Noor Hindi, Dear God. Dear Bones. Dear Yellow.
Hindi’s poem “Fuck Your Lecture on Craft, My People Are Dying,” made rounds when it was first published in Poetry in late 2020 and is understandably being posted on social media again and again since Israel’s brutal assault on Gaza. “I want to be like those poets who care about the moon,” she writes. “Palestinians don’t see the moon from jail cells and prisons.” The intensity of this poem seems to be the general tone of the forceful collection. Viet Thanh Nguyen says of Dear God. Dear Bones. Dear Yellow., “Noor Hindi wields her poetry with passion and righteous anger in this powerful, striking collection that touches the heart and the head, the body and the mind.”
Cassandra Khaw, The Salt Grows Heavy
Becky Spratford in her starred review of Khaw’s book in Library Journal, states, “What if the Little Mermaid laid eggs and her hatched children’s hunger laid waste to her prince’s land? Khaw’s (Breakable Things) latest novella tackles this question with a brutally visceral but seductive opening sequence.” Spratford’s verdict? “With this brilliantly constructed tale that consciously takes on a well-known story and violently breaks it open to reveal a heartfelt core, Khaw cements their status as a must-read author. For fans of sinister, thought-provoking, horrific retellings of Western classics by authors of marginalized identity like Helen Oyeyemi and Ahmed Saadawi.”
Theresa Hak Kyung Cha, Dictee
Cha was an artist and author whose book, Dictee, while receiving only tepid responses upon its publication in 1982, resurfaced in the 1990s and had continues to have an enormous impact on writers, readers everywhere. In her book Minor Feelings, Cathy Park Hong writes extensively about Dictee. She states, “Although it’s classified as an autobiography, Dictee is more a bricolage of memoir, poetry, essay, diagrams, and photography.”
In 2022, the New York Times published an obituary for Cha as part of its “Overlooked No More” series. In it, Dan Salzstein writes of Dictee, “Through chapters named after the Greek muses, the book jumps from one protagonist to another: Cha herself; Joan of Arc; the early 20th-century Korean freedom fighter Yu Gwan-sun, who, at 17, was tortured and killed; and, perhaps most poignantly, Cha’s mother, who hovers over the book like a protective spirit. Through her, Cha explores a traumatic era of Korea’s history, including a decades-long Japanese occupation, a war that divided the country, a series of dictators and an ensuing diaspora, of which the Cha family was a part.”
Jeanette Winterson, Oranges Are Not the Only Fruit
Born in 1960, Jeanette Winterson was adopted by a couple in England. By her own description, her parents were working class, with a father who was a factory worker and her mother a home maker. “There were only six books in the house, including the Bible and Cruden’s Complete Concordance to the Old and New Testaments,” Winterson’s site states. “Strangely, one of the other books was Malory’s Morte d’Arthur, and it was this that started her life quest of reading and writing.”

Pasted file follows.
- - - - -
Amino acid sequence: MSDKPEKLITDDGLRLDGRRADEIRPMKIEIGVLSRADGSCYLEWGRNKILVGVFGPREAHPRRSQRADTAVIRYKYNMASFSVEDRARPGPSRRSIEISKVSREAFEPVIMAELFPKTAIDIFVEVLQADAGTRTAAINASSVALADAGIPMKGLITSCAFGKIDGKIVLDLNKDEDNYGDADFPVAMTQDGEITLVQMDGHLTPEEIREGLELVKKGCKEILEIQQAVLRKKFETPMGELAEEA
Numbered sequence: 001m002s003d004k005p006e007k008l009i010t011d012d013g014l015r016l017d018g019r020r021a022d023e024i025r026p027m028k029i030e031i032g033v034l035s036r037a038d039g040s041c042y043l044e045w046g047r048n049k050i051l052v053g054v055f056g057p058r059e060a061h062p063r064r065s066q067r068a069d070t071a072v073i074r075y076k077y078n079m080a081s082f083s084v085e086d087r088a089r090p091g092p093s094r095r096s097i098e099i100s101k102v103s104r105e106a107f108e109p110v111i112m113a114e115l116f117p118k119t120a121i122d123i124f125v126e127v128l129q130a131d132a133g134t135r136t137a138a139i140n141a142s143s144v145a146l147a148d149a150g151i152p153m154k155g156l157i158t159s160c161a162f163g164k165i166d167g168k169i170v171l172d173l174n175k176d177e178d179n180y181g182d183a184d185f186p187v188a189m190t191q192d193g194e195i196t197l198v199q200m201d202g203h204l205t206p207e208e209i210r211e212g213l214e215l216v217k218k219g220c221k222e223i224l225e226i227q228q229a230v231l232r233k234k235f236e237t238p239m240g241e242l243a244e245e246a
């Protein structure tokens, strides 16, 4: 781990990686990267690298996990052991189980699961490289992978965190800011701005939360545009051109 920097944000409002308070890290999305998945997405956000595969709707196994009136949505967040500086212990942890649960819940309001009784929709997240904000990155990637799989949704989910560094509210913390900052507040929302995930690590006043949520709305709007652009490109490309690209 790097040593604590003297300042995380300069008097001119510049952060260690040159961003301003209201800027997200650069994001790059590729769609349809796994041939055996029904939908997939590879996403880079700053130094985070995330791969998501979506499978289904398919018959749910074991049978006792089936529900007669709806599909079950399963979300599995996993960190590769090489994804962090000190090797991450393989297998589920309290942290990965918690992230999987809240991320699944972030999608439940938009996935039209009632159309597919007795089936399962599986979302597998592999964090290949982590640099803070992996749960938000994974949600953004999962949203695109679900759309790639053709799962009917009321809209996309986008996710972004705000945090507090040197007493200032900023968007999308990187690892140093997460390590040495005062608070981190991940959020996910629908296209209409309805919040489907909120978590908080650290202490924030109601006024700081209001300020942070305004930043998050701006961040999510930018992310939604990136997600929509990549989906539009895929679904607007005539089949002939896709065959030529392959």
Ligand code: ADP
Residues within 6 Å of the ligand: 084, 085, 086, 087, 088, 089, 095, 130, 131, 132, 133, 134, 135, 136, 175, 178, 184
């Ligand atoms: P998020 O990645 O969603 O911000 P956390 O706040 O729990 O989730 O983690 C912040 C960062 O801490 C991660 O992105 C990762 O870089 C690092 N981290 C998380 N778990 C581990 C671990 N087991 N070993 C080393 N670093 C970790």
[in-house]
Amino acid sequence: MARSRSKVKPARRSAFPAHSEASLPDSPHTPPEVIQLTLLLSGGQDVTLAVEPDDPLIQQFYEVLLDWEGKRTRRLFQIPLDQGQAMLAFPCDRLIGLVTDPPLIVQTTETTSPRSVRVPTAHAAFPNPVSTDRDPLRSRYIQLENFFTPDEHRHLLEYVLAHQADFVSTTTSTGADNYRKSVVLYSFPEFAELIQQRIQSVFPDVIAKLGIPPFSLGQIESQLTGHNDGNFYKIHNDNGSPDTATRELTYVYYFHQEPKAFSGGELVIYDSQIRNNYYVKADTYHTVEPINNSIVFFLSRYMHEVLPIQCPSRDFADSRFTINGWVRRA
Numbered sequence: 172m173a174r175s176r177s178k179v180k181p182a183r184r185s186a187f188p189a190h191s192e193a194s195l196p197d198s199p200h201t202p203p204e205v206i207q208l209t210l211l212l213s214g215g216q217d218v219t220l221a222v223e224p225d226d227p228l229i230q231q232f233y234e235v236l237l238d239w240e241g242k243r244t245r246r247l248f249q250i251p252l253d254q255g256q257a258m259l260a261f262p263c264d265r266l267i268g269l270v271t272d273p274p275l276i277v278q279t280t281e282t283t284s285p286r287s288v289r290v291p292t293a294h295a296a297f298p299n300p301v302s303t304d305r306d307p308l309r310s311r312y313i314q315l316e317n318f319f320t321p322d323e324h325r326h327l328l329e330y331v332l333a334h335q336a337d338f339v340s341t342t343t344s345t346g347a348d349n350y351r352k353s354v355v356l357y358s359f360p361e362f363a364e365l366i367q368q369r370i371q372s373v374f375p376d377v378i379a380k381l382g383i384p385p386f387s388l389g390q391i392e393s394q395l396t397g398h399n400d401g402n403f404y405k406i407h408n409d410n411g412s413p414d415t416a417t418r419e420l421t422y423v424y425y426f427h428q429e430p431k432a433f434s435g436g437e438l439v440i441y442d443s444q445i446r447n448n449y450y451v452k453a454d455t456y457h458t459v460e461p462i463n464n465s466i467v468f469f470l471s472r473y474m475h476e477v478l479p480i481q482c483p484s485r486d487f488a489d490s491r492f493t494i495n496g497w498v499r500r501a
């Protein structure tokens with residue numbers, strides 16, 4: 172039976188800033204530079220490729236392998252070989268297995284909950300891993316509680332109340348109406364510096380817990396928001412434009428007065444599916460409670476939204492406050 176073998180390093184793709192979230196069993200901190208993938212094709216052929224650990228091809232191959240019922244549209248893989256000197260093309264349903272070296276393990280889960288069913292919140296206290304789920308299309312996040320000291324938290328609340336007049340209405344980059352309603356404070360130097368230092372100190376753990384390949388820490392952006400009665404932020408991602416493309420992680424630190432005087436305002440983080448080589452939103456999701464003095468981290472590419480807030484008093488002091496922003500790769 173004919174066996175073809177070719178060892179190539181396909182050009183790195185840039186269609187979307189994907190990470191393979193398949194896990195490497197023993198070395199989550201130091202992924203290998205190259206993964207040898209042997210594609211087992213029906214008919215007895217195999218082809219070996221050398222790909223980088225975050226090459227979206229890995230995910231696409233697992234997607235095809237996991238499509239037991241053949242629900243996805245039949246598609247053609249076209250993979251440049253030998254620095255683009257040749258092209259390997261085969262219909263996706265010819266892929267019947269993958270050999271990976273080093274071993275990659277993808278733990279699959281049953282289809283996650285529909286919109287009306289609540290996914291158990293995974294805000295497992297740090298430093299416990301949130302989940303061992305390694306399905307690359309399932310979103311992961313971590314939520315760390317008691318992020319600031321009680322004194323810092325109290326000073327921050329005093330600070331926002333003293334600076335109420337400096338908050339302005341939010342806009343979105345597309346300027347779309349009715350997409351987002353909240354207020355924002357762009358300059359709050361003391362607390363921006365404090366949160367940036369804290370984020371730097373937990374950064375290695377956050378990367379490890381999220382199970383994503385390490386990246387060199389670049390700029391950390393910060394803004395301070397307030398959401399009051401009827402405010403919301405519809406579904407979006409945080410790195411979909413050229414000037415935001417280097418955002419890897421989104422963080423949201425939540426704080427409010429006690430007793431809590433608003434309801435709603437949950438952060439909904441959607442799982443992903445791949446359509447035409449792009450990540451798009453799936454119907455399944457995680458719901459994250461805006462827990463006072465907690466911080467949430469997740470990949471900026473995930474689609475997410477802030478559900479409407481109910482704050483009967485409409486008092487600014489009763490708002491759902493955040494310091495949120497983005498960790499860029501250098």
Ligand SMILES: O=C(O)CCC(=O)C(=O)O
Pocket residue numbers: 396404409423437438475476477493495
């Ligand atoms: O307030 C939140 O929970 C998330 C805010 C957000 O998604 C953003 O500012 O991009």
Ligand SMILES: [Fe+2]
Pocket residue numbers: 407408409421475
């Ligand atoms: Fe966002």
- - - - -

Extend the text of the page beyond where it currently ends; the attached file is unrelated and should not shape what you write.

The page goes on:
Winterson’s parents were raising her to be a Pentecostal missionary, and, by the age of six, she was writing sermons and preaching. Ten years later, Winterson came out as gay and left home. She worked at a “lunatic asylum” to make ends meet, before going to Oxford and studying English Literature. By 23, she had written Oranges Are Not the Only Fruit, a semi-autobiographical novel about her young life.
Cleo Qian, LET’S GO LET’S GO LET’S GO
Qian’s debut short story collection has received a heap of praise, including being longlisted for the Carnegie Medal for Excellence. In an interview with A. Cerisse Cohen in BOMB, Qian explains, “I wrote these stories from 2016 to 2022. In my own life, I was experimenting and testing out new identities all the time. I thought a lot about subject matter. There are many people who find literary fiction insular and narrow. I think part of the writer’s duty, in addition to being good at your craft, is to live and think broadly. Otherwise, who are you writing for?… My stories are often about characters who feel disembodied, which I also feel. I didn’t realize that until I started doing yoga and the other physical activities I mentioned. We’re glued to our phones. I write and read a lot, which is also all in my head. I have friends who are cerebral and intellectual and so fun to talk to, but we’re not very connected to our bodies. That’s unnatural. We should all be more in touch with our bodies.”
Nalo Hopkinson, The Salt Roads
Gregory E. Rutledge, in his review of Hopkinson’s book, writes, “The Salt Roads features three mortal protagonists—Mer the Ashanti-born, Santa Dominque-enslaved healer, Jeanne Duval, the mulatta lover of Charles Baudelaire, and Thais, a sex slave of ancient Alexandria, Egypt—who are bound by the bitterness of life and the salutary potential of the meandering, salty flows of the earth, which a fourth immortal protagonists represents.
Just as former Black fantasy author Charles R. Saunders recognized in Butler a true raconteur in 1984 (Bell 91), the label easily applies to Hopkinson, who manages some powerful storytelling here. What author wouldn’t when she expertly excavates the ancient Roman empire located in Alexandria, Egypt, and the Holy Land of Jerusalem, walks readers through Napoleon’s empire in France and the West Indian French colonies, and includes a fist fight, of sorts, between two West African deities of fire and water?”
James Tiptree, Jr., Her Smoke Rose Up Forever
For the uninitiated, James Tiptree, Jr. was in fact Alice Bradley Sheldon, a woman who invented the name based on a marmalade brand after years of unsuccessful attempts at publishing with versions of her own name. “A male name seemed like good camouflage,” she said. “I had the feeling that a man would slip by less observed. I’ve had too many experiences in my life of being the first woman in some damned occupation.” This is because Sheldon had a wild life—she eloped, had to drop out of unmarried-women-only Sarah Lawrence College, took classes at Berkeley and made art, divorced, joined US Air Force and was promoted to major, met second husband in Paris, joined the CIA, finished college, got a doctorate. Whew! Her pseudonym successfully kept her anonymous for about a decade.
John Self writes in The Guardian, “Tiptree’s status as one of [science fiction’s] leading practitioners is justified, as is the critical cliche that each story contains enough to fill a novel. That’s not unqualified praise: Tiptree’s techniques of defamiliarization through jargon… and dropping us in medias res means the reader has to remake the world with every new story. But in the darkness of space no one can see you scratch your head and given that most of the stories require two readings to be properly absorbed and appreciated—and they merit that attention.”